Presentation on theme: "Hepatocellular carcinoma (HCC) is the fifth most frequent cancer in the world and the third most common cause of cancer mortality."— Presentation transcript:
Hepatocellular carcinoma (HCC) is the fifth most frequent cancer in the world and the third most common cause of cancer mortality.
The early stages of hepatocarcinogenesis in human chronic liver diseases are characterized by the emergence of preneoplastic lesions of which some will eventually develop into hepatocellular carcinoma (HCC).
Basic studies on the genetic and epigenetic alterations of these preneoplastic lesions may eventually lead to new therapeutic strategies.
Clinicopathological studies are also important in order to determine optimal management of patients with apreneoplastic lesion.
The microscopical small-cell dysplastic focus is the smallest morphologically recognizable precursor lesion of HCC and therefore is a logical target of study to elucidate the earliest events in hepatocarcinogenesis.
In contrast, large-cell dysplasia is not a precursor lesion, but appears to be of clinical value because of its good predictive value for development of HCC.
Dysplastic nodules (DNs) are macroscopically recognizable precursor lesions of HCC and high- grade DNs (HGDNs) have a risk of malignant transformation.
Detection of DNs and correct differentiation from small HCC (0.2 cm) is sometimes difficult, especially when only imaging techniques are used.
Additional clinicopathological studies on identification and optimal treatment of DNs are necessary.
Molecular studies on HGDNs and small HCCs may yield much information on the genetic mechanisms involved in the transition from severe dysplasia to early malignancy
In contrast, currently available data indicate that (large) regenerative nodules do not represent a distinct step in hepatocarcinogenesis.
HCCs mostly develop in patients with chronic liver disease caused by viral hepatitis, alcohol abuse and inborn metabolic errors.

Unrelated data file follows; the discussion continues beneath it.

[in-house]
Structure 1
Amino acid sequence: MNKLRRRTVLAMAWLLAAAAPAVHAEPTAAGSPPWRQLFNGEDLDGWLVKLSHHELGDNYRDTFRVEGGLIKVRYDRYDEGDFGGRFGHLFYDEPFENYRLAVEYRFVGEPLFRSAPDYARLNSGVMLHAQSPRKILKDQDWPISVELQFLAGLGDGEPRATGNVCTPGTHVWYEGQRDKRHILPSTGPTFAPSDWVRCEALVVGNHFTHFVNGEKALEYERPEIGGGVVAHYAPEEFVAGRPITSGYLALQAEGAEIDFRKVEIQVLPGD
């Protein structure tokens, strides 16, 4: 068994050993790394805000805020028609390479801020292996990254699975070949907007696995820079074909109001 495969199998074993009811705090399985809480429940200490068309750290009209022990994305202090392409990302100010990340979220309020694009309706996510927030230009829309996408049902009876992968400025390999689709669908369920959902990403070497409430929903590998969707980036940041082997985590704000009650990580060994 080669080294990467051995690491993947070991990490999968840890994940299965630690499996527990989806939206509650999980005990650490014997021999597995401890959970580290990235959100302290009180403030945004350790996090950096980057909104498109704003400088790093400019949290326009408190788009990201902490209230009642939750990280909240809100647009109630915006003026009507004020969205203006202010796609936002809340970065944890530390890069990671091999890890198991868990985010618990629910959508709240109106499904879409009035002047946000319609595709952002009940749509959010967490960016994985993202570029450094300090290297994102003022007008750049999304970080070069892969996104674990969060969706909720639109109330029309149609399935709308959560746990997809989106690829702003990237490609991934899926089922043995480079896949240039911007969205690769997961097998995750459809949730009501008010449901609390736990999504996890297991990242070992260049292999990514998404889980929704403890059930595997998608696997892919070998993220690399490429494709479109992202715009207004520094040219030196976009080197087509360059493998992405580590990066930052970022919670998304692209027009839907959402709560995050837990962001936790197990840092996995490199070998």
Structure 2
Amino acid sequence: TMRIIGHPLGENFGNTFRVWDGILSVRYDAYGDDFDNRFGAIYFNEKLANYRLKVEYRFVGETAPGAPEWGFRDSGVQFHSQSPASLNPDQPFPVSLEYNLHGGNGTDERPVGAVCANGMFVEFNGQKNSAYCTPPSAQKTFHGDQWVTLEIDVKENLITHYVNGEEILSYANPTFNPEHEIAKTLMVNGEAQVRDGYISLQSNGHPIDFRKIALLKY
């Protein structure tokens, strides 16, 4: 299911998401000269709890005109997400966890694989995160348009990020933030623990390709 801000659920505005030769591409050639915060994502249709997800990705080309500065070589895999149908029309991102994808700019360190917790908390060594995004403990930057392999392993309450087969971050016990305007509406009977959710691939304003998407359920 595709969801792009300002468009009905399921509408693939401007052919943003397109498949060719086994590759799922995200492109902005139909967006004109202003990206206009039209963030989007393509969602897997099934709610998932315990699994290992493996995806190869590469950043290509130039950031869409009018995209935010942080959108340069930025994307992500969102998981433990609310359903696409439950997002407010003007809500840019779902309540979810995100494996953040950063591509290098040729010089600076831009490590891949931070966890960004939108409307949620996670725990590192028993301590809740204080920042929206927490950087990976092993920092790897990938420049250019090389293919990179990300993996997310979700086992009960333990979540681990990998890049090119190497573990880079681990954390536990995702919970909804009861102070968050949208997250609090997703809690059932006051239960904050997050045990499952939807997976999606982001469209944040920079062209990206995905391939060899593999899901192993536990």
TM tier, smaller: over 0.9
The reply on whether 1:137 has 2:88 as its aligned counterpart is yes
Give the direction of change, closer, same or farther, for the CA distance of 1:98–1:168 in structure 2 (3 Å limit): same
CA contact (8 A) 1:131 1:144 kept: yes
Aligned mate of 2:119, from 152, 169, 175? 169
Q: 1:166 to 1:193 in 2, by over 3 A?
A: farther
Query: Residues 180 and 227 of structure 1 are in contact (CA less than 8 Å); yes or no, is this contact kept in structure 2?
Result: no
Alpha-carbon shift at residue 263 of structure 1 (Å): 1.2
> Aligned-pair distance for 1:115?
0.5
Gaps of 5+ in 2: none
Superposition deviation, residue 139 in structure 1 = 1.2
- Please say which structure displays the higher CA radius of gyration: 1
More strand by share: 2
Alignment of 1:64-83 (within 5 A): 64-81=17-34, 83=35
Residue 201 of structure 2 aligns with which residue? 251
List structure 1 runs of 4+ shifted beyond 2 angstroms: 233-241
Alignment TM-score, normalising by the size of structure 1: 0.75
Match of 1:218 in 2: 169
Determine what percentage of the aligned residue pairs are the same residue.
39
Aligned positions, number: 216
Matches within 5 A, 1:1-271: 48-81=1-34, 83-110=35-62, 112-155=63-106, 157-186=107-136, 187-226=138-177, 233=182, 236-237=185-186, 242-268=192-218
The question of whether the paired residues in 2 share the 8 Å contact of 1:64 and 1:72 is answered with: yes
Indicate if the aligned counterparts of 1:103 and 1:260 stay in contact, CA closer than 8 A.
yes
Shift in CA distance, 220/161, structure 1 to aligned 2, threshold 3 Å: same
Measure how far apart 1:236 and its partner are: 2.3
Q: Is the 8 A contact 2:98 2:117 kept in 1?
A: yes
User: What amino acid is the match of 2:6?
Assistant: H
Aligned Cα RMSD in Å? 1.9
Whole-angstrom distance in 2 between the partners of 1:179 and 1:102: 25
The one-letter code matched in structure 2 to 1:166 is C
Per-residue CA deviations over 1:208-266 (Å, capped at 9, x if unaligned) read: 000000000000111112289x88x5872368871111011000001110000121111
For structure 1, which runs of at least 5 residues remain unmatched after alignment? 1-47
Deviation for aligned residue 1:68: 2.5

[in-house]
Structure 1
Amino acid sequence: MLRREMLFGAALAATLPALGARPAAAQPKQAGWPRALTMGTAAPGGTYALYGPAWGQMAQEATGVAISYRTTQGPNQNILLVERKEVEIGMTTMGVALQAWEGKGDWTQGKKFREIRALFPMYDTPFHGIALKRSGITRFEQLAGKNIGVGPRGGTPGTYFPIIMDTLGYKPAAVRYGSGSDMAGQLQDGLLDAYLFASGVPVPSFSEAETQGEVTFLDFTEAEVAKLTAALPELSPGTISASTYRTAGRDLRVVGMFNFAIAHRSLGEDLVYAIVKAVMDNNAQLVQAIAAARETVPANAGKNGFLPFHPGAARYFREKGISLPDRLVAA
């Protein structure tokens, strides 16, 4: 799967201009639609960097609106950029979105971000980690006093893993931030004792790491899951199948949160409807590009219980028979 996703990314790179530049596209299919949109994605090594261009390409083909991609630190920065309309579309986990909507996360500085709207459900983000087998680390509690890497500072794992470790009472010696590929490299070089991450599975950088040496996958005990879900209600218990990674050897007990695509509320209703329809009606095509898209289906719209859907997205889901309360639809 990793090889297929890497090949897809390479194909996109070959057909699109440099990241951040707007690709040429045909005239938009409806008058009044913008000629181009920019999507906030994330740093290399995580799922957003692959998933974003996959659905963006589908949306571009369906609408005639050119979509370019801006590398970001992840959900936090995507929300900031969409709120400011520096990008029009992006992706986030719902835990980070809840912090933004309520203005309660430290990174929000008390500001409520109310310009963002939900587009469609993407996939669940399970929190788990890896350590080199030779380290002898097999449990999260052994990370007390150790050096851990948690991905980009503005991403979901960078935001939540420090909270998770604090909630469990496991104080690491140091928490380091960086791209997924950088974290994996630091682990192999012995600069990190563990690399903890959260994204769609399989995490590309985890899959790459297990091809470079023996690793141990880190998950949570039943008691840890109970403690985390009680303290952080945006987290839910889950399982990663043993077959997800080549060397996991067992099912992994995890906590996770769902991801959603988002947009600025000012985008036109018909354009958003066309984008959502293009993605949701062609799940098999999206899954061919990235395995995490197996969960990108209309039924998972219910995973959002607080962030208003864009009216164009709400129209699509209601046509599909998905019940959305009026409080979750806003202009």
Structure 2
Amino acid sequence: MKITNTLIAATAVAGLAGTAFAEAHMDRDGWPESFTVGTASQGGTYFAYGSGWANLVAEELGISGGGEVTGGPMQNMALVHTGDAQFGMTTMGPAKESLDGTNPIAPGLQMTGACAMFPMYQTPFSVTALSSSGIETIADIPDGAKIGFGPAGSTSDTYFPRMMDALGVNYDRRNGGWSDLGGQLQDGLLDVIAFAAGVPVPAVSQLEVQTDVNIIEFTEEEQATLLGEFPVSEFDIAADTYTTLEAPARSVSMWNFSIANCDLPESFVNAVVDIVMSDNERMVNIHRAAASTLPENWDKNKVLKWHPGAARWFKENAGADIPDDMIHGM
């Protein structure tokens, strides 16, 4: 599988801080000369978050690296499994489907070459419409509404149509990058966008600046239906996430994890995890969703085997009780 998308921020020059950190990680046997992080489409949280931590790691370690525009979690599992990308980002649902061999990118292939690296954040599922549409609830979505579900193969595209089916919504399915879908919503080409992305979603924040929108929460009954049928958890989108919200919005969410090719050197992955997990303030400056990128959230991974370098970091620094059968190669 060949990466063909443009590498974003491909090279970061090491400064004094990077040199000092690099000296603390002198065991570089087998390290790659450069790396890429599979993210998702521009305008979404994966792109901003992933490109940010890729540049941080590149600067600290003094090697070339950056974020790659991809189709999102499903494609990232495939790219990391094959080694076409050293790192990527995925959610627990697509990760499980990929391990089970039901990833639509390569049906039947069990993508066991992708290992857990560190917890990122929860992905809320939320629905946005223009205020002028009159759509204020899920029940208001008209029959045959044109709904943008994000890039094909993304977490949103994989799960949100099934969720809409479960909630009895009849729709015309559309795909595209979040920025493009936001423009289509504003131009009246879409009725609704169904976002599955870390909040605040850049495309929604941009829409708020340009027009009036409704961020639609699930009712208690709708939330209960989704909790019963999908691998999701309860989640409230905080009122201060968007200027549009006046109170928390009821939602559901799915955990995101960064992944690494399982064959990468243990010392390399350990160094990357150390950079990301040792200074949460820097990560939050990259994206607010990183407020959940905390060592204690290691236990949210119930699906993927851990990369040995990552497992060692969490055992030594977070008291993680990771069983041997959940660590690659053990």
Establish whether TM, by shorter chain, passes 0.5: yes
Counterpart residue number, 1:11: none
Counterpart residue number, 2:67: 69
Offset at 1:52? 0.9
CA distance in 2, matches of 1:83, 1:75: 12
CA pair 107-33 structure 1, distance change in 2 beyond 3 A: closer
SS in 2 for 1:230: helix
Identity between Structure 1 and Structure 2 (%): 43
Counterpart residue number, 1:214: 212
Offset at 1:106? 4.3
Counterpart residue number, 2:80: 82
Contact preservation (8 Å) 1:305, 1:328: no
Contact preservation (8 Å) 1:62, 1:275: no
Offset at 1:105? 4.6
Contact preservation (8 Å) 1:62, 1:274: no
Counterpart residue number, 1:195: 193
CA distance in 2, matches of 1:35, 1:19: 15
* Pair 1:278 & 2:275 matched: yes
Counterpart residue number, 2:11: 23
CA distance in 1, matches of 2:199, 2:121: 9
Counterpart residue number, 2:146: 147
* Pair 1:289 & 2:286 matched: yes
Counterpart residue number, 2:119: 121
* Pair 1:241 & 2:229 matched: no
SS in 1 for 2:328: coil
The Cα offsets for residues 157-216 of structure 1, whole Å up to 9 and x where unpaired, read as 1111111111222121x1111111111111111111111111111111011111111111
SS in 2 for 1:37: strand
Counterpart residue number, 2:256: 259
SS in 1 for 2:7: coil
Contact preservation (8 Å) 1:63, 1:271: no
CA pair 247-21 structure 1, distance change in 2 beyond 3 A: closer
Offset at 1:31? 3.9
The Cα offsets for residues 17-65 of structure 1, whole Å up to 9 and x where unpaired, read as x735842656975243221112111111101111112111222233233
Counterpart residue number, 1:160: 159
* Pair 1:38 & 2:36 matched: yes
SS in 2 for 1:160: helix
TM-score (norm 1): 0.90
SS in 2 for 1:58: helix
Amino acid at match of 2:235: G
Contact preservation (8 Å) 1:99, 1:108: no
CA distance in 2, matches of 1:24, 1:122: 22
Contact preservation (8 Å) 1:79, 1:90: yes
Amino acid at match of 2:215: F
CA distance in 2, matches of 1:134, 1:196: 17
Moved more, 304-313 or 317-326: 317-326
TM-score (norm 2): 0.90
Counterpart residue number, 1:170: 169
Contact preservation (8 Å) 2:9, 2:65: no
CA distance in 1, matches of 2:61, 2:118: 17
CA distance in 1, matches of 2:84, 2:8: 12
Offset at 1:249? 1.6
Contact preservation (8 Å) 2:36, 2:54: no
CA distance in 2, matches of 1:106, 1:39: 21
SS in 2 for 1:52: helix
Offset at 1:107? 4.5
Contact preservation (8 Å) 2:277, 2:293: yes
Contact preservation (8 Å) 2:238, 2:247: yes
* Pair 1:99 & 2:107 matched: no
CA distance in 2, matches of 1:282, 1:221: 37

Eighty percent of all HCCs worldwide occur when the underlying chronic liver disease has reached the cirrhotic stage.
These numbers and percentages clearly illustrate the important impact of this malignant tumor on public health and underscore the relevance of studies focusing on the development and evolution of HCC
The development and progression of a HCC in a chronically diseased liver, frequently referred to as ‘hepatocarcinogenesis’, is a multistep and long-term process characterized by the progressive accumulation and interplay of genetic alterations
causing aberrant growth and malignant transformation of liver parenchymal cells, followed by vascular invasion and metastasis (3). Hepatitis B virus (HBV), hepatitis C virus (HCV) and alcohol
a large geographic variation ranging from 120 in Eastern Asia to two in Australia. The incidence of HCC in Europe and the USA is rather low but steadily increasing, The annual rate of HCC per person-years shows are some of the most frequent hepatocarcinogens in humans and they probably cause direct damage to the DNA.
Recent studies of gene expression patterns using microarray analysis suggest that each HCC has its own unique profile and history of genetic alterations
These carcinogens also cause indirect damage and impaired repair of DNA via chronic necro-inflammation, intensive regeneration and fibrogenesis
To render things even more complex, there isnot only heterogeneity between HCCs, but oftenalso within a given tumor: the growth and progressionof a well- differentiated HCCs usuallyoccurs via the emergence of less differentiated clonal areas within the tumor resulting in a tumoral mosaic of multiple differentiation stages.
Although a numberof general pathways have been discovered the types of genetic alterations and their sequence of occurrence are very variable
at least partly because of the high number of persons infected with HCV in recent decades. At the turn of the millennium, the annual incidence of HCC in the United States has reached 5.9/ inhabitants